Vintage contact paper is hard to come by. So is modern contact paper with retro patterns. Thus, let’s consider this a gallery of inspirational images rather than a modern home decorating tip.
The background of the above shelves are done over in Con-Tact’s “CINDY” pattern (in the circle).
Con-Tact also sold textured contact paper – essentially fabric with a self-adhesive back:
“Quick Changing Front Panels”
It looks like these women are putting contact paper on their kitchen appliances. It’s hard to tell. Tappan ads calls them “quick changing front panels” (below) and Frigidaire refers to them as “designer doors” (above) so maybe not. Both images are from 1968.
Visit retronaut.co to view more images of Con-Tact brand contact paper:
If you are unsure of how to decide on the color and shape of a supergraphic, why not draw your inspiration from a pattern already in the room? The supergraphics in this post are scaled copies of patterns found on bedspreads and throw pillows.
In order to accurately transfer the graphic, there are a few strategies that you can use. You can tack a string grid onto your wall, and reference a smaller scaled sketch (see below). Or if you have access to an overhead projector, you can freehand the pattern on a transparency with an overhead marker, or take a photograph of the fabric and have it printed on a transparancy. The main factor that you will have to decide on is scale (aka. how much you want to enlarge the pattern). Whatever you do, make sure to use painter’s tape for crisp paint lines!
Citations and Notes
The first image in this post comes from the Better Homes and Gardens Decorating Book (1975), and the last two are from Family Creative Workshop Volume 19 (1975). And keep in mind, this is another process you can implement to create rooms with heavily repeated patterns (see this post) – especially if you don’t have enough yards of a vintage fabric to go the distance. Just use paint!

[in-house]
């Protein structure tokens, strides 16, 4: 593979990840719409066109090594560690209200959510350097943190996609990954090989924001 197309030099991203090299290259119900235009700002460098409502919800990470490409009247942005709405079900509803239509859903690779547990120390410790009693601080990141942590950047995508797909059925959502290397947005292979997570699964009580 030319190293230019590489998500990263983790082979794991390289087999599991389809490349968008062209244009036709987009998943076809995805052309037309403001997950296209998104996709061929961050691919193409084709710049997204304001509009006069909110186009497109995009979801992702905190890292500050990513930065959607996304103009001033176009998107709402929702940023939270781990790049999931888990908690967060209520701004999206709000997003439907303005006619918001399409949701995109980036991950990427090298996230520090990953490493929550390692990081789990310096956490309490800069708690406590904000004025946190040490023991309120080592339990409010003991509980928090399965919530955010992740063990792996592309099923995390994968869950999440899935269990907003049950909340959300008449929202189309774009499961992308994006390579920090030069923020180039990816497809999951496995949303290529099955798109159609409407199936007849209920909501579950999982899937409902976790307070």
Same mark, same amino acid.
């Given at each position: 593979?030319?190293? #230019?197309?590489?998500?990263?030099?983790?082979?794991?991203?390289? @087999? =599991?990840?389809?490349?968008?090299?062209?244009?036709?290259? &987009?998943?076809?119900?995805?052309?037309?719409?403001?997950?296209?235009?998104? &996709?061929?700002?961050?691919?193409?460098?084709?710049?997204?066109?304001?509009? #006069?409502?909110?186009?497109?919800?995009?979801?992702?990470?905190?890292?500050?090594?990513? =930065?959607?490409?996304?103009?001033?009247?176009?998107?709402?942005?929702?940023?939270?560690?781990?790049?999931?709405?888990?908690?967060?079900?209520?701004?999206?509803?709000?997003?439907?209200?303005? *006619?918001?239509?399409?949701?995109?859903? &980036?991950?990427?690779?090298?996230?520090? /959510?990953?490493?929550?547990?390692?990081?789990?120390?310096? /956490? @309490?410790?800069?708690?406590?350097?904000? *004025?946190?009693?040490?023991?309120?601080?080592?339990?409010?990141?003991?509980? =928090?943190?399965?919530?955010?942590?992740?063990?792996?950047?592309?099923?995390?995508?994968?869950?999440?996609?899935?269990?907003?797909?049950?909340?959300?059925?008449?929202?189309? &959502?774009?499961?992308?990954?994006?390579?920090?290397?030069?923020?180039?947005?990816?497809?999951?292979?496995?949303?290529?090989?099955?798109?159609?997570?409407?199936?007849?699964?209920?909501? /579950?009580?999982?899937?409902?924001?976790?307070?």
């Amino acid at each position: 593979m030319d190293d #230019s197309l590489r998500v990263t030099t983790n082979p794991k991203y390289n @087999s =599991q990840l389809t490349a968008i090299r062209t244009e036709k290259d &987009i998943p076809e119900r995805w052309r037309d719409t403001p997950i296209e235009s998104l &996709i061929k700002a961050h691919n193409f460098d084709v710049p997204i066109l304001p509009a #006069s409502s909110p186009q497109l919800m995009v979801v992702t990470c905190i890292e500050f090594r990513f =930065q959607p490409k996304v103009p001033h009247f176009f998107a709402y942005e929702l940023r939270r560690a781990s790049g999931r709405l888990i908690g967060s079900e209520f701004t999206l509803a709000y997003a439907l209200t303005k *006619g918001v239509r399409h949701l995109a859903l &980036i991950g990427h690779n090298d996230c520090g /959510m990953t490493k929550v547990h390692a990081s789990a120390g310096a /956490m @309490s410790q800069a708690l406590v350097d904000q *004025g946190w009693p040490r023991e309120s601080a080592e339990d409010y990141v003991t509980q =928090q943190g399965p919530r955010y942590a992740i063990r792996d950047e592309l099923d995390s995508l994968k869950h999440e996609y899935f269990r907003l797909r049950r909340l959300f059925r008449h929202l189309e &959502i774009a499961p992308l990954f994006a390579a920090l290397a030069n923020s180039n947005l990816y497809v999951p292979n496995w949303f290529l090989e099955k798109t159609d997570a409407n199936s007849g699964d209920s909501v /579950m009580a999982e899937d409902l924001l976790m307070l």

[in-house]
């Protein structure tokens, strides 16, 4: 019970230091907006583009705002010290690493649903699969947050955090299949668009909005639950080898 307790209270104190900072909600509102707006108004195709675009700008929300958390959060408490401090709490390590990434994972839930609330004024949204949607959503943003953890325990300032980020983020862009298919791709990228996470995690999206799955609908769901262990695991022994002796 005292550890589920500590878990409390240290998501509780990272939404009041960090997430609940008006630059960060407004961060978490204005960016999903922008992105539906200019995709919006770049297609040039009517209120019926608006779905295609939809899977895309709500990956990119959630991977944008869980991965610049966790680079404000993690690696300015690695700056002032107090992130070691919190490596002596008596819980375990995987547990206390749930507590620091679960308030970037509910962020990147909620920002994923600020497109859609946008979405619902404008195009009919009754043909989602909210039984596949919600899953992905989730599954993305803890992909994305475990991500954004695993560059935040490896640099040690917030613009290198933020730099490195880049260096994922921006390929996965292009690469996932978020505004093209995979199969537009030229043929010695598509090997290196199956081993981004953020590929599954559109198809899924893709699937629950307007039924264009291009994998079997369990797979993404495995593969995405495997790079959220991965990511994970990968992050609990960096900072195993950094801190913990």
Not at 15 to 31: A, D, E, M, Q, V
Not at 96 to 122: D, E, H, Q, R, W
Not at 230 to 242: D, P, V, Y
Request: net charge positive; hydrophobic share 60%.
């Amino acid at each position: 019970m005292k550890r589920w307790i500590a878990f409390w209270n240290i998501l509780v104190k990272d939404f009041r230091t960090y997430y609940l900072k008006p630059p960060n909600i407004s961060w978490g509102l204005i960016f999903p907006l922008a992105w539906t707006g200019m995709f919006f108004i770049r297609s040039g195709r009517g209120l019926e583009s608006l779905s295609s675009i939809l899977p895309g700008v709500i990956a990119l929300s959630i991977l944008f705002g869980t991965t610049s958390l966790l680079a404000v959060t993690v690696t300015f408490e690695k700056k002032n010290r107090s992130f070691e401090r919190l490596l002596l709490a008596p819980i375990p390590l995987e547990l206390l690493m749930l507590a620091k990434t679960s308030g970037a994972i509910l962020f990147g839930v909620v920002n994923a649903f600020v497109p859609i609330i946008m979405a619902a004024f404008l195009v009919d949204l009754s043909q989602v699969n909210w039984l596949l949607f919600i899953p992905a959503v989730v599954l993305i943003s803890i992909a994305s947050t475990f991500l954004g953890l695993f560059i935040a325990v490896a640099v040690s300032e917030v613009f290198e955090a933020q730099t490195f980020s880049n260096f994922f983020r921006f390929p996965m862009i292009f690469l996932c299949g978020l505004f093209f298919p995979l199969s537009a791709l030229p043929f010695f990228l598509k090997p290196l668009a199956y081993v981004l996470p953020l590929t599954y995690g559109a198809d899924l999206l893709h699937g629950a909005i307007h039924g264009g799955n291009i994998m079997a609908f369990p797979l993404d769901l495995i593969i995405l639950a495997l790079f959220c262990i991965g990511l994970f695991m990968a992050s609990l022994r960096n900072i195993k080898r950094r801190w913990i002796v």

A Book Review
A Graphic Vocabulary for Architectural Presentation by Edward T. White — a boring title for a visually stunning book. Published in 1972, this spiral bound manual was intended as a textbook for architect students. But you don’t have to be an architect to appreciate it. All you need is a love of the 70s. Unlike most books I feature on this blog, there are no photographs within – instead it is comprised of delicate line drawings of 1970s furniture and spaces.
Hatching, crosshatching, stippling, contours, and more – all of the illustrations are based on the Line.
There are 53 pages of period chairs, couches, ottomans, side tables, dining room tables, conference tables, and office furniture – some drawn with simple contour outlines, others which are shaded in through hatching, crosshatching, and many other line-based techniques:
Strangely, there is only one page of lamps:
In order to flesh out the students’ architectural spaces, this books also features 12 pages of adults and children dressed in 70 clothes and hairdos, plus 12 pages of period automobiles:
And of course, (considering that this is an architect manual and all,) there are pages upon pages of textures that you can produce with lines, including different ways to draw brick, stone, wood, grass, trees, shrubs, etc.
Unfortunately there are only a handful of the author’s absolutely beautiful finished architectural drawings at the end of the book. It’s a shame, I would have loved to see more.
If you are interested in buying A Graphic Vocabulary for Architectural Presentation (180 pages), I would suggest seeking out a spiral-bound copy, so that the pages will lie flat if you are drawing from it or photocopying it. After a quick search, I found some copies on amazon.com and other obscure book shops online. Edward T. White is additionally the author and illustrator of many other architecture manuals (none of which I have read). Thank you, Edward T. White!